San Pedro Recipes

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Nan's Nook : Archives : Botanicals : Cactus : San PedroNan's San Pedro Syrup

Here are two very effective San Pedro recipes. Each has its advantages and disadvantages.

Method 1: Advantage: possible higher mescaline yield. Disadvantage: Time

Method 2: Advantage: time reduced greatly. Disadvantage: possible lower mescaline yield.

Read Method 1 carefully. It will help you understand the quick Method 2.


Method 1:


Prepared San Pedro, a good sized crock-pot, a large pan or pot (with lid a good idea), and a colander (that will fit pretty well in, or mostly in the crock-pot and the pan), lemon juice, and cheese cloth (optional).


Fill the pot with hot water and heat on the stove to boil.

Turn the crock-pot ON.

Take the prepared San Pedro and put it into the crock-pot. Now add a few ounces of lemon juice (not too much; 4-6oz). Add the boiling water to the crock-pot which contains the prepared cacti and lemon juice (fill the pot pretty full because you want to add as little water as you have too. It makes the last step take less time).

Put the lid on and boil on HIGH for 24 hours or so. Add water when it needs it to keep the water level covering the cacti (do not add more lemon juice).

You can use it at this point (you still need to boil it down though), but if you can plan to leave another 12-24 hours on LOW do it.


Now allow it to cool just enough that you can handle the liquid and San Pedro.

Take the collinder and strain the cacti out of the water into the large pan (pot used to boil the water). If the San pedro cannot be filtered out by a simple colinder, use cheese cloth on the inside of the collinder as a finer filter. When the cloth gets full or clogged, change to allow more flow but wring out the liquid in the cloth. Change cloth as little as possible.

Take a grocery store plastic bag (2 for more than one dose or very large doses)or a small unscented trash bag and put it on top of the cacti while still in the collinder. Push the plastic bag around the cacti leaving the bottom of the cacti against the bottom of the collinder. Now push, squeeze or whatever to get all the water you can out of the cacti while letting it (liquid only)drain through the collinder into the large pot with the rest of the liquid.

Toss the CACTI ONLY!

Take the left over brownish liquid and put it back into the crock-pot or leave it in the pan (pot) and boil it down until it equals a small amount of liquid (about 4oz or so per dose is pretty easy to get down ie. if you brew 2 doses you should have about 8oz of "tea" when finished boiling off the excess water).

Note: It seems that the heat of boiling (even a hard boil) does not effect the mescaline. Make sure the liquid is cool if you are going to dose right away. If you are not going to trip right away, after brewing, refridgerate then drink whenever you wish to trip. When you do drink it; drink it all really fast. Like in one drink or so if possible. You will not be able (some people can) to drink more later, so get it all at this time (the taste once is bad enough. If you try again, you might "hurl"). The odor can be pretty powerful and bitter while boiling. Don't try to "secretly" brew this if others will have to breathe while you are brewing. It starts to smell almost like a barbaque sauce or something after a day or so. Don't let that fool you! Either drink within 24 hours or capsulate.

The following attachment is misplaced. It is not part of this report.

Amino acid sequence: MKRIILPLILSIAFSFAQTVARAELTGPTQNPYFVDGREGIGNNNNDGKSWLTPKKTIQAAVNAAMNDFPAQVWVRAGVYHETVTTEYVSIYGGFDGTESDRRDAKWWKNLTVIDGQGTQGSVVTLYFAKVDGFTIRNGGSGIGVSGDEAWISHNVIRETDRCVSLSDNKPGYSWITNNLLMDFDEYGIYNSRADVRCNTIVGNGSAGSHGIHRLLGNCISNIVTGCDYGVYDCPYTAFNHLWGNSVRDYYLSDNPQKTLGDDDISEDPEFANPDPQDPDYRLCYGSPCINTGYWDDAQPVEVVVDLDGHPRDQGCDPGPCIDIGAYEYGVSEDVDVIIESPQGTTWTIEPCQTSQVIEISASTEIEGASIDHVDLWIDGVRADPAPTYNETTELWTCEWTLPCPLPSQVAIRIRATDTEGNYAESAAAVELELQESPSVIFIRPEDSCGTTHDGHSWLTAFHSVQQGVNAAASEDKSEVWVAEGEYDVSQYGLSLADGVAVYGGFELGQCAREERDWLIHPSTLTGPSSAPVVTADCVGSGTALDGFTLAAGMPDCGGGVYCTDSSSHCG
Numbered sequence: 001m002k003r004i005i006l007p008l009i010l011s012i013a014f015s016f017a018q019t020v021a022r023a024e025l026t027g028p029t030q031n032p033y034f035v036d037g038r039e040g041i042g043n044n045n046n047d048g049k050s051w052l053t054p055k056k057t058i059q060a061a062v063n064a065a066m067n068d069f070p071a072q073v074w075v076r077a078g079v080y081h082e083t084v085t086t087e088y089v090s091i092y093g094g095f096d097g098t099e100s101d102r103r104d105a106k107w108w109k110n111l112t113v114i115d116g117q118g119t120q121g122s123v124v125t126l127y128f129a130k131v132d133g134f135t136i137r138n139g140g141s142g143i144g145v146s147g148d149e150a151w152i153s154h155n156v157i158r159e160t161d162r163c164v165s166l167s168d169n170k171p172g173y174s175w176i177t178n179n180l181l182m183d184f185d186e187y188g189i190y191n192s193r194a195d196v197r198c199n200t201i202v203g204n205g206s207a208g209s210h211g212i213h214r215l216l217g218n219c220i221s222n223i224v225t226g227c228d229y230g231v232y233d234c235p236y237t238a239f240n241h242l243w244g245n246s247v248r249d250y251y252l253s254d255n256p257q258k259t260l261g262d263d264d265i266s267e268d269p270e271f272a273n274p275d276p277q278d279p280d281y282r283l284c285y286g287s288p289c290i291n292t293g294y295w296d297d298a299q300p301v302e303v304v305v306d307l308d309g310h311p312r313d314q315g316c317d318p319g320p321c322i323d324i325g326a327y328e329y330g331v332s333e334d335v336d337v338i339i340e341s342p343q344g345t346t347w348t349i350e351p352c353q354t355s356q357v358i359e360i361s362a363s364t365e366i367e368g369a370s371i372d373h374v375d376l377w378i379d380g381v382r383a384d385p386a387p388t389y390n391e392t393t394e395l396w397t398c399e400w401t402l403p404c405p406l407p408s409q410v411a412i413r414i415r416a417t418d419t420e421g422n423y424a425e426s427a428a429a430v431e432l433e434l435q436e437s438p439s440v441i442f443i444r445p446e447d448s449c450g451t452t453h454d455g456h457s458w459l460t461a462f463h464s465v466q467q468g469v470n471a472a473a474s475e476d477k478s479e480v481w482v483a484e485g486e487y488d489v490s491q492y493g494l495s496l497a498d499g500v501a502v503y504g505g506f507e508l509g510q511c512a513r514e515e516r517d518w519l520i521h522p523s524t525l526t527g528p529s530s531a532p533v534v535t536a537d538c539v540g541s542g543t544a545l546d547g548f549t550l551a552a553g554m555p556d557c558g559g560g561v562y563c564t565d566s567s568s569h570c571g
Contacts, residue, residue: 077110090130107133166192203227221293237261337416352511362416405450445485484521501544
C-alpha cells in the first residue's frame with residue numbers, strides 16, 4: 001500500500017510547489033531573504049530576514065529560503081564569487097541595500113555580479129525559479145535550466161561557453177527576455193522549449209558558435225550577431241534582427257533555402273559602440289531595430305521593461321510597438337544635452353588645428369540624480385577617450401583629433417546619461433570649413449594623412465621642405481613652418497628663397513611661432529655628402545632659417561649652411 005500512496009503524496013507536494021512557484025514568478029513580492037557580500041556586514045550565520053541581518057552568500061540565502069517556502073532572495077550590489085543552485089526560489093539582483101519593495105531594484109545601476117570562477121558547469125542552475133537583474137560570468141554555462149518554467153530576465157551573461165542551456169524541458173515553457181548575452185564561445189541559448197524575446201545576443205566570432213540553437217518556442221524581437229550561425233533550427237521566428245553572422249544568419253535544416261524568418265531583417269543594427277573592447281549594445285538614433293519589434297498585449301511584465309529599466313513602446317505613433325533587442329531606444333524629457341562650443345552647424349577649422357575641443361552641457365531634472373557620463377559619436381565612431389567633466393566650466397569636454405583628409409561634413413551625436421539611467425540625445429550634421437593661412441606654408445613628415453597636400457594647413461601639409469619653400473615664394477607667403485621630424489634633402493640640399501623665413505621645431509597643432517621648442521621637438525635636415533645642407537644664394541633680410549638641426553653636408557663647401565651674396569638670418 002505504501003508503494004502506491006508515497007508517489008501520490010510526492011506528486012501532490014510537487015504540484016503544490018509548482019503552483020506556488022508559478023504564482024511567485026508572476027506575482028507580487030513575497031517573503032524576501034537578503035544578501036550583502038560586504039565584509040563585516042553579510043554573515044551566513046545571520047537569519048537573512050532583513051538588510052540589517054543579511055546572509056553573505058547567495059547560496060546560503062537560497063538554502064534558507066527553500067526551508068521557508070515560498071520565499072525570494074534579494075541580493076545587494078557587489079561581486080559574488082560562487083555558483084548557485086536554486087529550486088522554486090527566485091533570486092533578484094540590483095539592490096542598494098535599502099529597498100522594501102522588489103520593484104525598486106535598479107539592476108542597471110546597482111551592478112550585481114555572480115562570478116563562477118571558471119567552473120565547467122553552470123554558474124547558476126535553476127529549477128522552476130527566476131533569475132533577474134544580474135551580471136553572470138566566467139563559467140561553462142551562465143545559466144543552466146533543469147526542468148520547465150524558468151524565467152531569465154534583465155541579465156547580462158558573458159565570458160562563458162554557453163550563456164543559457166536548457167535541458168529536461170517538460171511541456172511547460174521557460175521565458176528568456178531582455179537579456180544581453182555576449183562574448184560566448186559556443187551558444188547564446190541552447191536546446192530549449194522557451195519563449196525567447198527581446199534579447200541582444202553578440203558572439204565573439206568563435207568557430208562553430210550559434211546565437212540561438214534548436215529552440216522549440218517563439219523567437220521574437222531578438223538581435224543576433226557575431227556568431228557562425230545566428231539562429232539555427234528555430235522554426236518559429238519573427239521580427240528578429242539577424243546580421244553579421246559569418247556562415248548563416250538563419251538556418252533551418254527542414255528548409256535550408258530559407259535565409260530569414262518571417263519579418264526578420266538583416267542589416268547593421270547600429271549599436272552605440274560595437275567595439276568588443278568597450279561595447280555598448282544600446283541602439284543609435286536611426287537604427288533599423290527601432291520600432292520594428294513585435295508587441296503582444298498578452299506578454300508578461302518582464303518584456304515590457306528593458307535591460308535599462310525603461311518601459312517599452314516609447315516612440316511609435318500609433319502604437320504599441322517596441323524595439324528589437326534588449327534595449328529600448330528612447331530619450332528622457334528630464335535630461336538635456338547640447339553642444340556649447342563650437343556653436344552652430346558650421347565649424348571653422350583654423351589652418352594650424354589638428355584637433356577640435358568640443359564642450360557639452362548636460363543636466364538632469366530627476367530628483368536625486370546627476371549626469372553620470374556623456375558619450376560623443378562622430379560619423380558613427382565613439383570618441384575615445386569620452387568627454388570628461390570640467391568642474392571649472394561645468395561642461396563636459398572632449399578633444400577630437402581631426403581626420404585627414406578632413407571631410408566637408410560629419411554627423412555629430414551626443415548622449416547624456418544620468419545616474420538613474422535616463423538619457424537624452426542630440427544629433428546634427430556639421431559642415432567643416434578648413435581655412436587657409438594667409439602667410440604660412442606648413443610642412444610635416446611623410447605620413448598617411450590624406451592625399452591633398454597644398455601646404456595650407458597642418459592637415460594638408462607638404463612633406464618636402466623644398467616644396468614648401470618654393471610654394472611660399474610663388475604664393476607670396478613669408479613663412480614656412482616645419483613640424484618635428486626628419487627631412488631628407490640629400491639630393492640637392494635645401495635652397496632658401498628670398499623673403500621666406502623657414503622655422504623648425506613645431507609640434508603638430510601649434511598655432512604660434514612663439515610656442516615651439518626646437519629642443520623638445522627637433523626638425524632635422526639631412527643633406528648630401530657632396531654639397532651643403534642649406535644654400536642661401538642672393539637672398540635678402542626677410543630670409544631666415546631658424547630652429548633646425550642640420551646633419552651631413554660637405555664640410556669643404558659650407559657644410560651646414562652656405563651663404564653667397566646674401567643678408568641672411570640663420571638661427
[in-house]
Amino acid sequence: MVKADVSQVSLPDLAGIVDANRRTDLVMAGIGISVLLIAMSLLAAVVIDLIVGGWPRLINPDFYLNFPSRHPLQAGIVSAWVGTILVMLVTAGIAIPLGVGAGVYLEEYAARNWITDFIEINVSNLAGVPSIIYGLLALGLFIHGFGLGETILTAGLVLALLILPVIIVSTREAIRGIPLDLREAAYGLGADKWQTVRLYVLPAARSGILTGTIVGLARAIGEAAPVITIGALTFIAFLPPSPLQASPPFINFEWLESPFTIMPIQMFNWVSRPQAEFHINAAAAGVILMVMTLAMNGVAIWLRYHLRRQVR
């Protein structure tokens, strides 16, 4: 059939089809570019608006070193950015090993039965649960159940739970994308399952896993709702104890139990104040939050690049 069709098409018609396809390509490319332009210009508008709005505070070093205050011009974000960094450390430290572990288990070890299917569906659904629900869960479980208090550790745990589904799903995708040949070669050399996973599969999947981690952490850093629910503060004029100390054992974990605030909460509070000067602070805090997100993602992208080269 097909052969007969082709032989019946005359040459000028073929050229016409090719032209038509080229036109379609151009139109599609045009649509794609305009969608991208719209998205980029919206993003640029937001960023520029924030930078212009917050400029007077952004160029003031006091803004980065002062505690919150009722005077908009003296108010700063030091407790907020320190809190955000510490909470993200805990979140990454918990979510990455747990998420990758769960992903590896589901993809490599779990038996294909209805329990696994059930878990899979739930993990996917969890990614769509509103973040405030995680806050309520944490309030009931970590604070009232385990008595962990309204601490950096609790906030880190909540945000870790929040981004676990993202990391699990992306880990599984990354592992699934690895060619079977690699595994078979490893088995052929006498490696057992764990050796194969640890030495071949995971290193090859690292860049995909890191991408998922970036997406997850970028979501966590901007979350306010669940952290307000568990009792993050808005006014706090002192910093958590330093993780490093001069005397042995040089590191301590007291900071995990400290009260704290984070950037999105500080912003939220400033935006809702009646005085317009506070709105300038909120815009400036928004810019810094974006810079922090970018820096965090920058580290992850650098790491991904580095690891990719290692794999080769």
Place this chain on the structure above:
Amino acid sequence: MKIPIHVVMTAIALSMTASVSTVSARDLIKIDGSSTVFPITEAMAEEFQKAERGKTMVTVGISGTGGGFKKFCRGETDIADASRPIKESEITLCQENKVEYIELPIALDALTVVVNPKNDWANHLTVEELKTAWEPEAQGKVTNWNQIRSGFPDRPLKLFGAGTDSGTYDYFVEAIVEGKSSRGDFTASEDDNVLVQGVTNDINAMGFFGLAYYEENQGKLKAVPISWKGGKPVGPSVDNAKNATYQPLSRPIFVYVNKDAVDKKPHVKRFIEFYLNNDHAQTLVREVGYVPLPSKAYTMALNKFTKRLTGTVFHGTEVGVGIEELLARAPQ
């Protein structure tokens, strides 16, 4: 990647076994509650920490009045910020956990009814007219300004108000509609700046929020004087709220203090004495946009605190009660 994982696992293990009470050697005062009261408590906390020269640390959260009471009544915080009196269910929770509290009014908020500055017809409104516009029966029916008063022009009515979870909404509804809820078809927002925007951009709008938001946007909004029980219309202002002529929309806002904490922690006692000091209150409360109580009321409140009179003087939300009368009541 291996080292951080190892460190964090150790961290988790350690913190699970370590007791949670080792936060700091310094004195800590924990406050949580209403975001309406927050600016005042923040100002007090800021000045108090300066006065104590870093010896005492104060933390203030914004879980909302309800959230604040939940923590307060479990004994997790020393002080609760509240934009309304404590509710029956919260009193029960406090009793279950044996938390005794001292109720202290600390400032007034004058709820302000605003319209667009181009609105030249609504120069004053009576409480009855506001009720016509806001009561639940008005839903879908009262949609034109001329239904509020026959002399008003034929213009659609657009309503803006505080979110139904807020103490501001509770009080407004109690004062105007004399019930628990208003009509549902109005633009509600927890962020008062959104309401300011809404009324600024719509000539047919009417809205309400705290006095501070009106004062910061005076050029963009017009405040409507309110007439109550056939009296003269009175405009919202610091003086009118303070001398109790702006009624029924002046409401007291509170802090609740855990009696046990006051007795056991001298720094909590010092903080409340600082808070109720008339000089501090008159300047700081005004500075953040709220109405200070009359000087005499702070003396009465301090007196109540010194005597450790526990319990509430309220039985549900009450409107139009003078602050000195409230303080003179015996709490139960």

To Capsulate:

Just evaporate the liquid (sitting on an open oven door works well) and you will be left with dust.   scrap it up, throw it into a gelcap and your ready to go.

Some people recommend that you filter the tea through a coffee filter or cheese-cloth before you boil it down to drink. This just depends on how much time you have and your level of patience if you are waiting to drink. It is NOT required, but personal taste and ease of drinking might prompt you to try both. If cheese cloth was used earlier to filter out the San Pedro it is definitely not suggested to repeat now.



Method 2:


Prepared San Pedro, a large pan or pot (with lid), a storage container for liquids, a colander, lemon juice, and cheese cloth.


Place San Pedro in a large pot on the stove and cover it with a mixture of two parts water to one part lemon or lime juice. Try to use the bare minimum of liquid necessary to cover the plant matter; the more you use, the more you will eventually have to reduce or drink later.

Heat just barely to a boil and simmer for 20 to 30 minutes, stirring often. Then strain the pulp out through colander or cheesecloth, and save the liquid. Put the pulp back in the pot, and repeat the process two more times. After your third boil strain again, discard the pulp, combine your liquids, and reduce over low heat to a manageable amount if necessary. Either drink within 24 hours or capsulate.

To Capsulate:

Just evaporate the liquid (sitting on an open oven door works well) and you will be left with dust.   scrap it up, throw it into a gelcap and your ready to go.

That's pretty much about it. I know that it might seem like a lot of work, and in truth it is, especially if you are preparing multiple doses...but believe you me, walking with Mescalito is well worth it. My advice is to make a whole day of it and make a ritual out of the entire process.

IMHO, San Pedro is not an appropriate entheogen to ingest spontaneously on a whim. It is much better suited for use under conditions that allow for planning, preparation, and intent. In any case, I hope that some of you have found this useful, and will find success with this recipe.

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